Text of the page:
The charging instrument alleges that from about March 2019 and continuing through April 2023, Plump conspired with others to defraud and obtain money from the fund. It is alleged that it was part of the conspiracy that Legislator No. 1, Rogers, recommended during each fiscal year that most of his allotment of fund money be paid to the Piper Davis league.

In turn, Plump agreed to pay kickbacks to Individual No. 1, an assistant to Rogers. Plump submitted false and fraudulent information to the Jefferson County Community Service Committee, which doles out money from the fund and monitors its use, about the Piper Davis league’s intended use of fund money. Upon receipt and deposit of fund checks, Plump gave checks to Individual No. 1 for approximately one-half of the amount of fund money received by the league.

The charging document alleges further that Plump, after being interviewed by agents and served with a grand jury subpoena, attempted to obstruct the investigation by sending Individual No. 1 a text stating “Red Alert” and meeting with the assistant to warn her about the investigation.

The community service fund was created after the Alabama Legislature in 2015 passed an act that authorized the Jefferson County Commission to levy and distribute a 1% sales tax and a 1% use tax to benefit the public welfare and enhance the education of the children of Jefferson County. Jefferson County began levying the new taxes in about August 2017.

The act required the county to distribute the tax revenue according to specified priorities, including paying debt incurred during school construction, increasing the county’s general fund, giving funds to each board of education serving students in the county and for certain other purposes. Other approved uses included the support of public entities and projects such as schools, libraries, museums, parks, zoos, neighborhood associations, athletic facilities, youth sports associations, road construction, the performing arts, police departments, the sheriff’s office, fire departments and certain nonprofit entities.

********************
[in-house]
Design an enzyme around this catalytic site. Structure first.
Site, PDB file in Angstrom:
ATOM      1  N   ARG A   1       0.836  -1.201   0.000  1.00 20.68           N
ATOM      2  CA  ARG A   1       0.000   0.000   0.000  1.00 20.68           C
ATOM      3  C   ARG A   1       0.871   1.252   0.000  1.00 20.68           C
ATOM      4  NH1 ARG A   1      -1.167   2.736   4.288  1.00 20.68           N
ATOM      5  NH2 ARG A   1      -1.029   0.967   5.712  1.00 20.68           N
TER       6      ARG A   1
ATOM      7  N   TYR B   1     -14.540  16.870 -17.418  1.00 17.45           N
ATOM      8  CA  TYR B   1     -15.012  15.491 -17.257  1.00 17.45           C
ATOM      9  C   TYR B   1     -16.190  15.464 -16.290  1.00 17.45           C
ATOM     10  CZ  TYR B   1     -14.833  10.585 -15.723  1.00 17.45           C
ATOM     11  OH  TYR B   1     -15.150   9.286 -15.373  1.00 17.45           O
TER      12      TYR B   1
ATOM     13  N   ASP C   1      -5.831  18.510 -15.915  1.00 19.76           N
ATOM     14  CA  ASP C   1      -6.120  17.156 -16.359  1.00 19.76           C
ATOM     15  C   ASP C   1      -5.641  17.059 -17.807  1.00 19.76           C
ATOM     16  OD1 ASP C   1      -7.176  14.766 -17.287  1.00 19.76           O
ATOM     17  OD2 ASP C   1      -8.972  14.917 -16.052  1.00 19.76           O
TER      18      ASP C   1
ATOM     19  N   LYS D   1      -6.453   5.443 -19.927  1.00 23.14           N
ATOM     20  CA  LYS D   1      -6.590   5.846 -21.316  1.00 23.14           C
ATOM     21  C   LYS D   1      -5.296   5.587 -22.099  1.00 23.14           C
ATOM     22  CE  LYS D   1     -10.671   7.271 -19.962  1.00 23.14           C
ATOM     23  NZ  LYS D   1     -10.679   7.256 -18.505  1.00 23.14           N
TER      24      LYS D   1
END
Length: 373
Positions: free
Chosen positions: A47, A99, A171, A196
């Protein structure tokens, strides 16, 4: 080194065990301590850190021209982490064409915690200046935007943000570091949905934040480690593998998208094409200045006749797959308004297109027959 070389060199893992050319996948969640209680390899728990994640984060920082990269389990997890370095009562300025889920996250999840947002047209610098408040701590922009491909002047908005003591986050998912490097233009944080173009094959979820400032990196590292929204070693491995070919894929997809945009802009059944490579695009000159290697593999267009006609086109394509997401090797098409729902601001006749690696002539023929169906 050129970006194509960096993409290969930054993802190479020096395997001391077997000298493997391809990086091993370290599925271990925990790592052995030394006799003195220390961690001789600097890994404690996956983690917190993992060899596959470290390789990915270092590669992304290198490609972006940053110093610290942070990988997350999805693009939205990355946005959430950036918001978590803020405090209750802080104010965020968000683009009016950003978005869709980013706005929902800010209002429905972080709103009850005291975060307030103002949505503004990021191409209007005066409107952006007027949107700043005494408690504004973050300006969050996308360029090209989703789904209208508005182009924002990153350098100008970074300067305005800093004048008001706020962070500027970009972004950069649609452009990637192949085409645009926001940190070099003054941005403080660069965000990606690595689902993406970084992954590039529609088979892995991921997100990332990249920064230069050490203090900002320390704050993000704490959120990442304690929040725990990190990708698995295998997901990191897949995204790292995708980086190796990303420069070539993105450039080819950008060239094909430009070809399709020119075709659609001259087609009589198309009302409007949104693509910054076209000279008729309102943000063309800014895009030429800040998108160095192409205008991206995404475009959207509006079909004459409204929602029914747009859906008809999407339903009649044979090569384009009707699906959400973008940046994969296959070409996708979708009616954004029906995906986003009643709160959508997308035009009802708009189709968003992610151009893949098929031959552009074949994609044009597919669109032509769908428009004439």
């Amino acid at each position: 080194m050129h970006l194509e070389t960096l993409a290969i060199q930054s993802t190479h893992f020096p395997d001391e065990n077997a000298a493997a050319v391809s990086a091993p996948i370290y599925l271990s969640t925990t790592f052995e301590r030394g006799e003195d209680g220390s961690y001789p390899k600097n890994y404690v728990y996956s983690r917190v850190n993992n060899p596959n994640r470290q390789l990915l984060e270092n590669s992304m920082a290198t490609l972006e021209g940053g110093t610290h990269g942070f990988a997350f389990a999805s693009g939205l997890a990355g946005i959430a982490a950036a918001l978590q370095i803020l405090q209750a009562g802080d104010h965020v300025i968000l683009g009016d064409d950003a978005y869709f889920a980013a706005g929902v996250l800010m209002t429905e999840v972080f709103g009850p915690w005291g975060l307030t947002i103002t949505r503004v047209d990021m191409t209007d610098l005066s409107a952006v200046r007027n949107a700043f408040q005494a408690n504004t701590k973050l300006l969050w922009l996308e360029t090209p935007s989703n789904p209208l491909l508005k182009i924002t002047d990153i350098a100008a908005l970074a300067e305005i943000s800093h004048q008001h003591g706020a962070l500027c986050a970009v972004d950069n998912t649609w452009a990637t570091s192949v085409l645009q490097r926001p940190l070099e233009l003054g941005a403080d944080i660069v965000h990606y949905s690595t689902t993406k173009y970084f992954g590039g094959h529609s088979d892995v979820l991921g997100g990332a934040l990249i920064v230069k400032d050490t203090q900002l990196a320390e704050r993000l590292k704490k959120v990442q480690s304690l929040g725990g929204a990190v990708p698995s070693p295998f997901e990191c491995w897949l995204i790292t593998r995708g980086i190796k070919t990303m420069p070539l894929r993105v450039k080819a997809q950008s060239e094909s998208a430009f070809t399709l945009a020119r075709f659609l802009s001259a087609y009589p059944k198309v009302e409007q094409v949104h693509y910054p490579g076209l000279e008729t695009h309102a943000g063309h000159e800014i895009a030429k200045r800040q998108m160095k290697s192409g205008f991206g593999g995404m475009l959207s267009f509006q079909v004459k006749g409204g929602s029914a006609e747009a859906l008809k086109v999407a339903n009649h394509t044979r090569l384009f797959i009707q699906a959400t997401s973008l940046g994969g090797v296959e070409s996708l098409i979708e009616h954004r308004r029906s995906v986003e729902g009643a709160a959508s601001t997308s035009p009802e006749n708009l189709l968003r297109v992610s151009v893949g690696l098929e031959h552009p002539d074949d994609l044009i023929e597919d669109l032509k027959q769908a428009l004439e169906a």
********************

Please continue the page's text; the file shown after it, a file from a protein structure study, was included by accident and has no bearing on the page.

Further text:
The community service fund received approximately $3.6 million annually from the new taxes. Under the act, the four members of the committee were elected by members of the Jefferson County House and Senate delegations.

Each representative and senator representing Jefferson County could make recommendations to the committee of expenditures from their allotted amount of the fund.

The organization receiving the funds was required to submit information about the organization and confirm that it intended to use the money for a public purpose. During each fiscal year from 2018 to 2022, each representative was allocated approximately $100,000 and each senator was allocated approximately $240,000 from the fund.

The Federal Bureau of Investigation and Internal Revenue Service Criminal Investigation investigated the case. Assistant U.S. Attorneys George Martin and Catherine Crosby are prosecuting the case.